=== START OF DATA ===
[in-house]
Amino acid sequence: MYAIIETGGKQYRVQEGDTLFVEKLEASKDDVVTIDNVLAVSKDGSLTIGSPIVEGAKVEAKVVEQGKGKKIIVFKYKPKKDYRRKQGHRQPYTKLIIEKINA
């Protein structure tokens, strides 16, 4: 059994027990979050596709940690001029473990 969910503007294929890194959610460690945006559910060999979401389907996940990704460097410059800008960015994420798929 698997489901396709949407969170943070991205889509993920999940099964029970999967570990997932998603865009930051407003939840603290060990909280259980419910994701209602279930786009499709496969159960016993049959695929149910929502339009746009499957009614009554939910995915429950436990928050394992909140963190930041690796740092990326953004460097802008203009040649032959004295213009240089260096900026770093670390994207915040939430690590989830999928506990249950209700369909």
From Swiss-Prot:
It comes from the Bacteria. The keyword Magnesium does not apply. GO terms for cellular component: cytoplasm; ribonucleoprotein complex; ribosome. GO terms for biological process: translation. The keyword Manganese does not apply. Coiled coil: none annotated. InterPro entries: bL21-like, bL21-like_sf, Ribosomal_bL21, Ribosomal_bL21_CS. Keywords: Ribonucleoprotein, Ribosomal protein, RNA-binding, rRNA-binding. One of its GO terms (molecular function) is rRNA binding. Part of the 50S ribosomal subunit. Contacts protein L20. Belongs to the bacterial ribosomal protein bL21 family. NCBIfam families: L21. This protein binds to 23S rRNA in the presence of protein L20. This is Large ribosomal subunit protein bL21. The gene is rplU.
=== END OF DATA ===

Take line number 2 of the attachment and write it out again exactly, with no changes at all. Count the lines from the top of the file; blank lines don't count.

Amino acid sequence: MYAIIETGGKQYRVQEGDTLFVEKLEASKDDVVTIDNVLAVSKDGSLTIGSPIVEGAKVEAKVVEQGKGKKIIVFKYKPKKDYRRKQGHRQPYTKLIIEKINA